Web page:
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Versailles - Don Giovanni  CD (album) cover

DON GIOVANNI

Versailles

 

Symphonic Prog

3.63 | 31 ratings

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Cesar Inca
Special Collaborator
Honorary Collaborator
4 stars "Don Giovanni" is Versailles' sophomore album, a musical work that reveals a more matured and bolder band than the one that recorded the debut album, which was only interesting. Now, with the more adventurous "Don Giovanni", the foursome manage to become real studious pupils of the 'Mona Lisa prog school'. This band is really into recovering the pure heritage of French passionate symphonic prog, a trend that was initiated by Ange and then perfected by Mona Lisa, while Atoll and Arachnoid gave it their own touch in their respective heydays. With the aforementioned acts we have described the main influences that Versailles gets the inspiration from: even the use of keyboards by Alain de Lille rescues the vintage magic of Hammond organ, Mini-Moog and the Solina string ensemble for good effect and in a featured manner. But it is guitarist/vocalist/flautist Guillaume de la Pilière, who takes center stage perpetually with both his technical instrumental skills and his typically French-styled singing. You can hear him get romantic, whine, recite, ironize, feel afraid, even emulate the castrato timber. in a heavily pronounced Dechamps-meets-Le Guennec way, only with a higher timber. The 11 minute opener 'Hybridite' is an exciting tour-de-force of successive melodies and motifs fluidly intertwined to provide effective ambiences and moods (some stronger, others softer) for the lyrics' storyline. The final "homme / homme / animal ou homme" litany delivered in a bombastic spirit is simply awesome, right until the closing explosion. 'Erre au Fil des Ères' kicks off in a gentler mood, albeit bearing a subtle somber underline. The solemn verses and choruses are quite catchy, and the brief piano-flute interlude is beautiful, albeit too short; the ethereal synthesizer solo in the middle is too short, too. Right after this solo a build-up gets in, taking to another flute moment, this time more playful and longer, which now gives the listener the chance for a proper enjoyment. The track doesn't feel as cohesive as the previous one, despite the good promise shown by the initial sung section and the conviction used by the musicians at performing the varied finale. Things get more majestic and consistent with the 15 ½ minute long title track, another tour-de-force that equals the grandeur of the title track. 'Don Giovanni' puts more emphasis on extroverted dynamics and also enhances the contrasts between the energetic sections and the soft ones. Arguably, here and in 'Memoirs d'Hecatombes' are the best performances by the rhythm section. Also, special mentions go to the tense guitar leads and the well-constructed piano interlude, sober yet revealing a clear sense of romanticism. 'Subtiles Delicatesses' is a half-Baroque half-punk interlude, a funny brief diversion between the title track and yet another long song, 'Memoires d'Hecatombes'. This one kicks off with a very robust vibe, which will remain consistent throughout the varied motifs. 'Memoires' pretty much follows in the footsteps of the title track, although I don't feel the cohesion working as well, but it's very good all the same. The album is closed down by the evocative exercise in synth orchestrations 'Drama', providing a farewell of mysterious turmoil for the album (somewhat similar to Pulsar's "Halloween"). "Don Giovanni" is the perfect item for those who wish that the good old sound of Ange, Atoll and Mona Lisa would have never died.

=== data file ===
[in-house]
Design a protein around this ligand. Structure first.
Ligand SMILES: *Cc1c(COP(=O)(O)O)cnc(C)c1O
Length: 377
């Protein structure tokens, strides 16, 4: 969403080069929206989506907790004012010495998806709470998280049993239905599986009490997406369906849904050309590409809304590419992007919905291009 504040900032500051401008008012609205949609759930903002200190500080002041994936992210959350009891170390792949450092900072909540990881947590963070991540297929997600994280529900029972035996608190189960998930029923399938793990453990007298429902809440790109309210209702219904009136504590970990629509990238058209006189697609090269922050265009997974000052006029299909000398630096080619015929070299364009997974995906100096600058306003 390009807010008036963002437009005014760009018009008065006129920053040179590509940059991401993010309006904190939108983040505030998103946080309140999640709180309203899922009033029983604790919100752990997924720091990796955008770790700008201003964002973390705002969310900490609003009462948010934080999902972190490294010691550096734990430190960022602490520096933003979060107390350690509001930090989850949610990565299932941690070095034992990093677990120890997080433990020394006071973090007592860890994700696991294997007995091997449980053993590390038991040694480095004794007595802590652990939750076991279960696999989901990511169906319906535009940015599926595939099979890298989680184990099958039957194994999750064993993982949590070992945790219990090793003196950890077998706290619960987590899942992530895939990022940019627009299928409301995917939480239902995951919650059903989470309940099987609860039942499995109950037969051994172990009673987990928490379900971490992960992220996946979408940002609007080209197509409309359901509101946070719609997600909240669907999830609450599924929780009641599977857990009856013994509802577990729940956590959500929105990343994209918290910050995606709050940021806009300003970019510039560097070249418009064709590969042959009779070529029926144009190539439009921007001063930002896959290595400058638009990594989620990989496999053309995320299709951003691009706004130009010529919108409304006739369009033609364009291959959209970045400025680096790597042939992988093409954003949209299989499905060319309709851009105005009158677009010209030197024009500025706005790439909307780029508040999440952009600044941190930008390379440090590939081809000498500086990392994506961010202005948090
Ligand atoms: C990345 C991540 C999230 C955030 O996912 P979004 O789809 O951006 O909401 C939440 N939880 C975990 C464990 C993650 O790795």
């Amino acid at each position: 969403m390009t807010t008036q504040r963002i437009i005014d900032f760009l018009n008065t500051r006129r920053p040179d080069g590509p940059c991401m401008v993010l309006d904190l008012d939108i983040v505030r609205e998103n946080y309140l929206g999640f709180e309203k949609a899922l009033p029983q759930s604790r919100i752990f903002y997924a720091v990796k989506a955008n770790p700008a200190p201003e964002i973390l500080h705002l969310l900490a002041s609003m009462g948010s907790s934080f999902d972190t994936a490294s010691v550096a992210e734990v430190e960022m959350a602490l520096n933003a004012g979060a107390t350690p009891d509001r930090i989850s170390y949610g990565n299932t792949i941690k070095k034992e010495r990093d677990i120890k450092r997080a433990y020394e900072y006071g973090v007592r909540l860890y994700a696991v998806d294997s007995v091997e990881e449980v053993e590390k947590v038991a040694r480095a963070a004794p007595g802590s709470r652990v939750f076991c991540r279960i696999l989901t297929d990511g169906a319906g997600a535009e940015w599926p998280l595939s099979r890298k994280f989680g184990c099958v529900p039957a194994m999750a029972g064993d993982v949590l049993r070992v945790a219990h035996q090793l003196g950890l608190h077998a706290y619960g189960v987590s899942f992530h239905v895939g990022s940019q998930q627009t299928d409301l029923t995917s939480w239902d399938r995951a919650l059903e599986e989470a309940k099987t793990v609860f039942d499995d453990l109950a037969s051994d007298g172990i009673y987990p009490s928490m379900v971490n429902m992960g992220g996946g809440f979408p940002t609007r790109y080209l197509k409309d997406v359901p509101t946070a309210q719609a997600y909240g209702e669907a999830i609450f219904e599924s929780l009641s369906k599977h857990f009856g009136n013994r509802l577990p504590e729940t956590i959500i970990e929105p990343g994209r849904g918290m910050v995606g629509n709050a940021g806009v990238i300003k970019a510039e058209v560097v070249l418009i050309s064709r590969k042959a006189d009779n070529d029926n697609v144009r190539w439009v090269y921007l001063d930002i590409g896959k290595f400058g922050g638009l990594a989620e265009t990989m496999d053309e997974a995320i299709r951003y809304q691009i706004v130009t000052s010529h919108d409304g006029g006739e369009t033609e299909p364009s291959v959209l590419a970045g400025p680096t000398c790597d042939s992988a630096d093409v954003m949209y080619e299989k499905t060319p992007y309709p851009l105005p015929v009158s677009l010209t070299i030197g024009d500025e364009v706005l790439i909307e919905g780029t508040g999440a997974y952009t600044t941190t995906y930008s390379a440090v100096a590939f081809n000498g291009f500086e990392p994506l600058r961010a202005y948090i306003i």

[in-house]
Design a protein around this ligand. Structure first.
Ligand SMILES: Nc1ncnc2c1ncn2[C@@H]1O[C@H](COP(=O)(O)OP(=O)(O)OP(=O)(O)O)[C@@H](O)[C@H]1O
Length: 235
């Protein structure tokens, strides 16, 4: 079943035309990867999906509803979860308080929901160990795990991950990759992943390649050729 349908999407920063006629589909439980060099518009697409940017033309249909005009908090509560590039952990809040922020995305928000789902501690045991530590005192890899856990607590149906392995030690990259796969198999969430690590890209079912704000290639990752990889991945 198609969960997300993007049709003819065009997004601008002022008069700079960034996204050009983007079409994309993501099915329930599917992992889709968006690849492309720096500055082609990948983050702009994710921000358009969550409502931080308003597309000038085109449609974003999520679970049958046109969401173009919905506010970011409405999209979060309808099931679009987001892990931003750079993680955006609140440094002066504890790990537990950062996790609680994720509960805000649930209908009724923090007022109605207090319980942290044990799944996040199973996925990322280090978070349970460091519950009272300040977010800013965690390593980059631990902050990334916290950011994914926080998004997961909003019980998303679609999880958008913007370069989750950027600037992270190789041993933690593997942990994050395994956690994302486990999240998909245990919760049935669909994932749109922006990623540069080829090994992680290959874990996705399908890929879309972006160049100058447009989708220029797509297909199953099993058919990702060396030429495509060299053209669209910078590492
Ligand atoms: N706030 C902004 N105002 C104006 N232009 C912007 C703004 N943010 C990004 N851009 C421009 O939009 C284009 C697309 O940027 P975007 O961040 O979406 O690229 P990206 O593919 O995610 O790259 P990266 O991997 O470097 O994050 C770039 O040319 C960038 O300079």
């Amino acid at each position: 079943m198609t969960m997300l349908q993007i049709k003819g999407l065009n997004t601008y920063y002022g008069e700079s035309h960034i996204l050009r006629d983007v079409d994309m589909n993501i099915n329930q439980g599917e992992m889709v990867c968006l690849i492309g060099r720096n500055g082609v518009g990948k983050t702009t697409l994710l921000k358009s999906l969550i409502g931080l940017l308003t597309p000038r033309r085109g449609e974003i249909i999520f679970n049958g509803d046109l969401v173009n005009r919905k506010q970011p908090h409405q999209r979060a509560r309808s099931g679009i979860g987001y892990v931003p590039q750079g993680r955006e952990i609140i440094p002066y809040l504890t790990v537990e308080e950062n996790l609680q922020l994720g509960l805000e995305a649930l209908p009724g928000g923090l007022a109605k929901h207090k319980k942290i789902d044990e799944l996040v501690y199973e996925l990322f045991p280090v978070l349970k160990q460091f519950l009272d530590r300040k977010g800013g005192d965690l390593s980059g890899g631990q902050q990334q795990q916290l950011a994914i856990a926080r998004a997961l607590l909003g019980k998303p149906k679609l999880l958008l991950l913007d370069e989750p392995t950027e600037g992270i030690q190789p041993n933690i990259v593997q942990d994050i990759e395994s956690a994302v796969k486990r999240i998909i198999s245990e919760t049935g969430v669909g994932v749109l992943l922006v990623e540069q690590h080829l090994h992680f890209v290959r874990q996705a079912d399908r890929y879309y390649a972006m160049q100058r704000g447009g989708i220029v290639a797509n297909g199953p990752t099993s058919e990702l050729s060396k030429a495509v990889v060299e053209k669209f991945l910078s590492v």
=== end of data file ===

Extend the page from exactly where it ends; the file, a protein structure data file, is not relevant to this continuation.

Cesar Inca | 4/5 |

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